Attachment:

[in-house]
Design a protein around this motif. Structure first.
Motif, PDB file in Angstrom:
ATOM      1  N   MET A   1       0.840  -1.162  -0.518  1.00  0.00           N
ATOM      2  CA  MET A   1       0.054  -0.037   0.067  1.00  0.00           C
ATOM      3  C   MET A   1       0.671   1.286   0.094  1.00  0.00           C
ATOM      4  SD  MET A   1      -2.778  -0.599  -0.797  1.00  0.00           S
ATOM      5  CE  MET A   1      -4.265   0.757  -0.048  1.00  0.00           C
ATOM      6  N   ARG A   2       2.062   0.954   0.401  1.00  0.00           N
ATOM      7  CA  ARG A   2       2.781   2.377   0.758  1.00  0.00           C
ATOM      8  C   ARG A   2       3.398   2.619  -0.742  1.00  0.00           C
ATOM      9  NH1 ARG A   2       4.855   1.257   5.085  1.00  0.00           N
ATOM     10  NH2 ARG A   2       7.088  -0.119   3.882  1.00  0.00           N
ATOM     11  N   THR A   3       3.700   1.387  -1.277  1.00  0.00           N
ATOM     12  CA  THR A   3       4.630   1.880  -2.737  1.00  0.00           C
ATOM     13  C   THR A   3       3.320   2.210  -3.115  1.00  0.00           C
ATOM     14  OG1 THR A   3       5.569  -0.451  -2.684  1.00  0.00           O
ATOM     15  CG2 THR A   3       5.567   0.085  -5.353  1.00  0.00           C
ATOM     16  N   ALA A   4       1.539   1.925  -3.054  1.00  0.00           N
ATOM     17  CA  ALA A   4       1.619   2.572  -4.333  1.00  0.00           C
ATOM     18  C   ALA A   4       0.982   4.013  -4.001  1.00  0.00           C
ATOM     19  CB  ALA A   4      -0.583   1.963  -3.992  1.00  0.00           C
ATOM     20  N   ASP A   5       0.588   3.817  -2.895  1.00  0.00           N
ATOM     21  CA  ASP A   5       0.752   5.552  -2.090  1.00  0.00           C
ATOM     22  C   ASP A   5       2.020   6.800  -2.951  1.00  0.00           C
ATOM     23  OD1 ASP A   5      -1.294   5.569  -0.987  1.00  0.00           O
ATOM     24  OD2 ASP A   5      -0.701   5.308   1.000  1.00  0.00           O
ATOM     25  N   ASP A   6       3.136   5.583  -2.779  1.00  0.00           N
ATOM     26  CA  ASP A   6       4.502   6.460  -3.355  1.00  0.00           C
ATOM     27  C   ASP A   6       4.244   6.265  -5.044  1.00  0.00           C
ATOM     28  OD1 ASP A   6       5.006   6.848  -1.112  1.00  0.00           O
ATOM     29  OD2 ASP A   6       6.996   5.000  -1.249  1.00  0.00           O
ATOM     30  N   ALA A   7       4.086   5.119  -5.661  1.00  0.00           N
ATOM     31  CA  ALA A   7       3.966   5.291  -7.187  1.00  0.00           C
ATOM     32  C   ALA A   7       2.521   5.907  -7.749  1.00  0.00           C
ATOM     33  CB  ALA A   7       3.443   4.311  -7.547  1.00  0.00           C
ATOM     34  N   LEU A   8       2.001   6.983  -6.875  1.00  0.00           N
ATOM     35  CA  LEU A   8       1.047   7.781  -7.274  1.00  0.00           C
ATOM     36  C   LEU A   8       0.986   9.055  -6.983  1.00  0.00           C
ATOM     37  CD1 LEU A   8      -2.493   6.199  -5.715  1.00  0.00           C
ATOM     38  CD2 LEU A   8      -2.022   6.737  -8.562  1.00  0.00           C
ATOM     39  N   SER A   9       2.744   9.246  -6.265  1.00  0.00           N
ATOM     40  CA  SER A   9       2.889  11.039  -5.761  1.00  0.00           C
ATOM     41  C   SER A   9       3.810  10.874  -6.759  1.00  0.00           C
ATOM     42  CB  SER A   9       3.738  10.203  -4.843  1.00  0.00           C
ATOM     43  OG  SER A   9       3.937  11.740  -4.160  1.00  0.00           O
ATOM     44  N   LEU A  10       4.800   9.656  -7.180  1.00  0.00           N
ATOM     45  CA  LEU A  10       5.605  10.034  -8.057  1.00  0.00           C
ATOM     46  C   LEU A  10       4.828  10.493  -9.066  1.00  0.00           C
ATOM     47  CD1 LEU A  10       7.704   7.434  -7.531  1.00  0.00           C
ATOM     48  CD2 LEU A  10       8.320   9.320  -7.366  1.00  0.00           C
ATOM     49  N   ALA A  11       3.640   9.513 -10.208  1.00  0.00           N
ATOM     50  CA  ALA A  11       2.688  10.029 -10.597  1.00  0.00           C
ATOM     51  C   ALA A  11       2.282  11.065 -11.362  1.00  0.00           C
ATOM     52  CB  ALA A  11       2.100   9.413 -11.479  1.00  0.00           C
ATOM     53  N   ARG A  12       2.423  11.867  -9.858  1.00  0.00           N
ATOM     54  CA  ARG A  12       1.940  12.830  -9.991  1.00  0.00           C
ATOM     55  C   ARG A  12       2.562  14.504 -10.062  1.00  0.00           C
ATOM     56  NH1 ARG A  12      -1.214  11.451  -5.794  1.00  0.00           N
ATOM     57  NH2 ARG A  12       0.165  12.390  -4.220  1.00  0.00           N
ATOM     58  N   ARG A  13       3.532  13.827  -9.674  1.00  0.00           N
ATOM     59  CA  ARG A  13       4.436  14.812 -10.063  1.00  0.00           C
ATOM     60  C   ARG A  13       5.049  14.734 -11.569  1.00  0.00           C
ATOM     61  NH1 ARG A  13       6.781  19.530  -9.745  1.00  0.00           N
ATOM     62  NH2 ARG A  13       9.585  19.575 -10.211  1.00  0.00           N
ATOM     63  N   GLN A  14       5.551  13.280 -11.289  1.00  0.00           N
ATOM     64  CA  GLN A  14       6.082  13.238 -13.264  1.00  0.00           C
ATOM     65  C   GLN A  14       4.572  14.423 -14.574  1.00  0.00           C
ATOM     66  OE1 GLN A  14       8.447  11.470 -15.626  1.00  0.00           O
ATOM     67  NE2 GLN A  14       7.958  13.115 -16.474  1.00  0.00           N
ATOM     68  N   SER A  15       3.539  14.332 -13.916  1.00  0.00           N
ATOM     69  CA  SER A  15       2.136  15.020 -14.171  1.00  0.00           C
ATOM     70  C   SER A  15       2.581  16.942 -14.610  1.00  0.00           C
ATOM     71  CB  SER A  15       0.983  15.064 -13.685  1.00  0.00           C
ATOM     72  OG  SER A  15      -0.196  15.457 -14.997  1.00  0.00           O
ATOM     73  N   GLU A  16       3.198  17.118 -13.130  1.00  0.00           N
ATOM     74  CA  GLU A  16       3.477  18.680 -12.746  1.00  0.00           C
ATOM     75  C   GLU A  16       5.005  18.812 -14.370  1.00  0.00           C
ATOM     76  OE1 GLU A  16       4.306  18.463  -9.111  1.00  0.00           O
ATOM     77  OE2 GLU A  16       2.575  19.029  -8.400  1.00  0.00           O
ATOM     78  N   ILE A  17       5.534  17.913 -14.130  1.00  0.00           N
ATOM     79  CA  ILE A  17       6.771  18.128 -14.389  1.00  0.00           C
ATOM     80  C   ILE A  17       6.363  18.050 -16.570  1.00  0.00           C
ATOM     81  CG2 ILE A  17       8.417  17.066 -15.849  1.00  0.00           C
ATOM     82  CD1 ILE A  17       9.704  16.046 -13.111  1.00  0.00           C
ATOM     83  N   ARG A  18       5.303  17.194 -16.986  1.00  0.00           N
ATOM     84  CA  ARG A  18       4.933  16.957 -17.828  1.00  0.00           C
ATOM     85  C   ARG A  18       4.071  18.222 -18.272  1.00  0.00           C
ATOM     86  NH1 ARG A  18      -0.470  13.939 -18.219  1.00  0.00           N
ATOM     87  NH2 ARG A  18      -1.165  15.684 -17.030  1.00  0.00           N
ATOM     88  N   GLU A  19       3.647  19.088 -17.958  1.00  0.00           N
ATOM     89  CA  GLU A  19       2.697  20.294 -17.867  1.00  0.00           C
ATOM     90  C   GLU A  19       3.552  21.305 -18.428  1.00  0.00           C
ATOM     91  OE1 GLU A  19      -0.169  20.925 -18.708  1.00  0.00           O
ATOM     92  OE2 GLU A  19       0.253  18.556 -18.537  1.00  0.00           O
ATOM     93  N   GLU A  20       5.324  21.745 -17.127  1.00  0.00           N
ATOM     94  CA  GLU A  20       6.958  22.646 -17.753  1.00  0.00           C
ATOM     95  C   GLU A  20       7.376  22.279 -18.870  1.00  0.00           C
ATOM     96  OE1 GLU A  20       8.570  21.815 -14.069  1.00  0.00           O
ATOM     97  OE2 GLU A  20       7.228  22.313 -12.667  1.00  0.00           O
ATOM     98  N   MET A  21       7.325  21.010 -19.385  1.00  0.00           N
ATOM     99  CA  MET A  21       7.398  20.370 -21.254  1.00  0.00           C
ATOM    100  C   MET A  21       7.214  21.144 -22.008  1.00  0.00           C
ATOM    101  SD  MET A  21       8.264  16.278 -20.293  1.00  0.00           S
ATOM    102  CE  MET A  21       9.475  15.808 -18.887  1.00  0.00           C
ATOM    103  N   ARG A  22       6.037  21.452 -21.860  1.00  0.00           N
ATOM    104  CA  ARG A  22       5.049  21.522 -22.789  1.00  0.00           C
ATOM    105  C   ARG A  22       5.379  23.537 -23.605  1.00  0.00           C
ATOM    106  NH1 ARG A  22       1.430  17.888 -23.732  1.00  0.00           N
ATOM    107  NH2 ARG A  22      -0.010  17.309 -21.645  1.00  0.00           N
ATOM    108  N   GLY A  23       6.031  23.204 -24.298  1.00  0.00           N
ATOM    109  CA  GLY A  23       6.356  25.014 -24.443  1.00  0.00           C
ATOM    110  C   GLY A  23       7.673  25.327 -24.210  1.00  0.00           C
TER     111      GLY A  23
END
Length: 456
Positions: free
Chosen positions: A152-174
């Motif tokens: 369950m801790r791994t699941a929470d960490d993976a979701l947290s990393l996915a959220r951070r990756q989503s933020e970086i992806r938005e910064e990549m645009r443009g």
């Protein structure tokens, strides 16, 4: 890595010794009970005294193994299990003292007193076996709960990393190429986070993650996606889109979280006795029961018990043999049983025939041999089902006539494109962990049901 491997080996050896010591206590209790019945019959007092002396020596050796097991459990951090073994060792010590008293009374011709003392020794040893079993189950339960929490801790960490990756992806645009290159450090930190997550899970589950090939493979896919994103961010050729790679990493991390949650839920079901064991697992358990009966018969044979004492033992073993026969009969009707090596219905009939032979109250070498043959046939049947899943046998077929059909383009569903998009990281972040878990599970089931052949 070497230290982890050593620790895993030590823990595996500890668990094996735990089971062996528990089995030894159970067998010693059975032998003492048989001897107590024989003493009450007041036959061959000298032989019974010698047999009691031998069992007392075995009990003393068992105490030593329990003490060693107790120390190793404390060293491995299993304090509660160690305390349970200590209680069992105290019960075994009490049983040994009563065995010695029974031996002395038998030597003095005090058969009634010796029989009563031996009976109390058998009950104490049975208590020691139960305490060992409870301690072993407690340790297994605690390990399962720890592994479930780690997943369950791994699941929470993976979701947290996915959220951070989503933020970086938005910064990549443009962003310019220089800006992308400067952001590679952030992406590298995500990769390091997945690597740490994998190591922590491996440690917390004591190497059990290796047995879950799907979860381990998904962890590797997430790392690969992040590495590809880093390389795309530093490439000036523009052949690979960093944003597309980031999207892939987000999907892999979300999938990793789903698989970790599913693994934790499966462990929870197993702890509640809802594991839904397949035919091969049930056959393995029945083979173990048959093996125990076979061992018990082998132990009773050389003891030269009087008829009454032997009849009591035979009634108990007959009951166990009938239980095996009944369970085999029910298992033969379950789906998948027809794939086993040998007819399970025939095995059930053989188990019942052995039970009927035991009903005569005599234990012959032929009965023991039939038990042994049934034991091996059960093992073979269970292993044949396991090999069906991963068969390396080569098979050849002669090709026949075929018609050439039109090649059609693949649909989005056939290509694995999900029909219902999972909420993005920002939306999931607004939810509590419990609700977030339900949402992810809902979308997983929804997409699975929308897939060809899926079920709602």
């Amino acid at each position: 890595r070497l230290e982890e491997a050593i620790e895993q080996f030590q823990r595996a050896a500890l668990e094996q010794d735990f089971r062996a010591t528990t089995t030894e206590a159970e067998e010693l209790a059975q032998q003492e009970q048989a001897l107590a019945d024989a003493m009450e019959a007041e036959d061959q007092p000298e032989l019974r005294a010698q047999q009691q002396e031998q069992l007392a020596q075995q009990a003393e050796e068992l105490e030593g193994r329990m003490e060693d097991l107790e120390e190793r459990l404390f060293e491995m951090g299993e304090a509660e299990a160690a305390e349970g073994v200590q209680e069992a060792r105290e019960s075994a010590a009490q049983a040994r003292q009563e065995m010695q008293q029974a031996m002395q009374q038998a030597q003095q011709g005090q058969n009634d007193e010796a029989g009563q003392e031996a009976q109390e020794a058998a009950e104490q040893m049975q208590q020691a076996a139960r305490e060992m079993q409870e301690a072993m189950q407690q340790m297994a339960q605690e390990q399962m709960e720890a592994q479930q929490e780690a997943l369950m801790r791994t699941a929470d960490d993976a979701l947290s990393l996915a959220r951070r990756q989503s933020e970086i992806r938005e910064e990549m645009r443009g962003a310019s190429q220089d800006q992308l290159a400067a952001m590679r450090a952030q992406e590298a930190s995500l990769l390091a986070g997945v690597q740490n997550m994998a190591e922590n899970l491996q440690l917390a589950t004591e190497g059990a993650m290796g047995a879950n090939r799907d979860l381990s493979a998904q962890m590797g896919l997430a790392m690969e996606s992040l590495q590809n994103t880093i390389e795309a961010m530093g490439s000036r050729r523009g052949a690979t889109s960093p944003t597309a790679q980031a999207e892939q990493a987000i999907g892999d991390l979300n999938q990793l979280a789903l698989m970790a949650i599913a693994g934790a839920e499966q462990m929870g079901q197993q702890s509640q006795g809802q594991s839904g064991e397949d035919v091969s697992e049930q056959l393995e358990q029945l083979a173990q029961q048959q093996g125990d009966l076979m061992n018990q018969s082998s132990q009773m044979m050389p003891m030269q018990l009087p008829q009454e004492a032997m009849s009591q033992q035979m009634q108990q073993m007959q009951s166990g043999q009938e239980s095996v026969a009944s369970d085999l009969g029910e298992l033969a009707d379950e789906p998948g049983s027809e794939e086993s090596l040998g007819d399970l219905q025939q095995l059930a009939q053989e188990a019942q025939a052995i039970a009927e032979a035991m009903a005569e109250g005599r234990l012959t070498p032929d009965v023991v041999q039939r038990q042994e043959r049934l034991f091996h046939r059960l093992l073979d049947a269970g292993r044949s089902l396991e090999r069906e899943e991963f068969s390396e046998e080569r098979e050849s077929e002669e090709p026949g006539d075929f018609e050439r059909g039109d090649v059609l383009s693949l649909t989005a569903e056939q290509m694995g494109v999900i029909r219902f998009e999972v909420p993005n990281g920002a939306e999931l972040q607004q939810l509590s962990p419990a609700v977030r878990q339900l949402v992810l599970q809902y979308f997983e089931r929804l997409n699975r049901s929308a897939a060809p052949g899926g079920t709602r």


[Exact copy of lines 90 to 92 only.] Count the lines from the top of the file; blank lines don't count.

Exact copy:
ATOM     87  NH2 ARG A  18      -1.165  15.684 -17.030  1.00  0.00           N
ATOM     88  N   GLU A  19       3.647  19.088 -17.958  1.00  0.00           N
ATOM     89  CA  GLU A  19       2.697  20.294 -17.867  1.00  0.00           C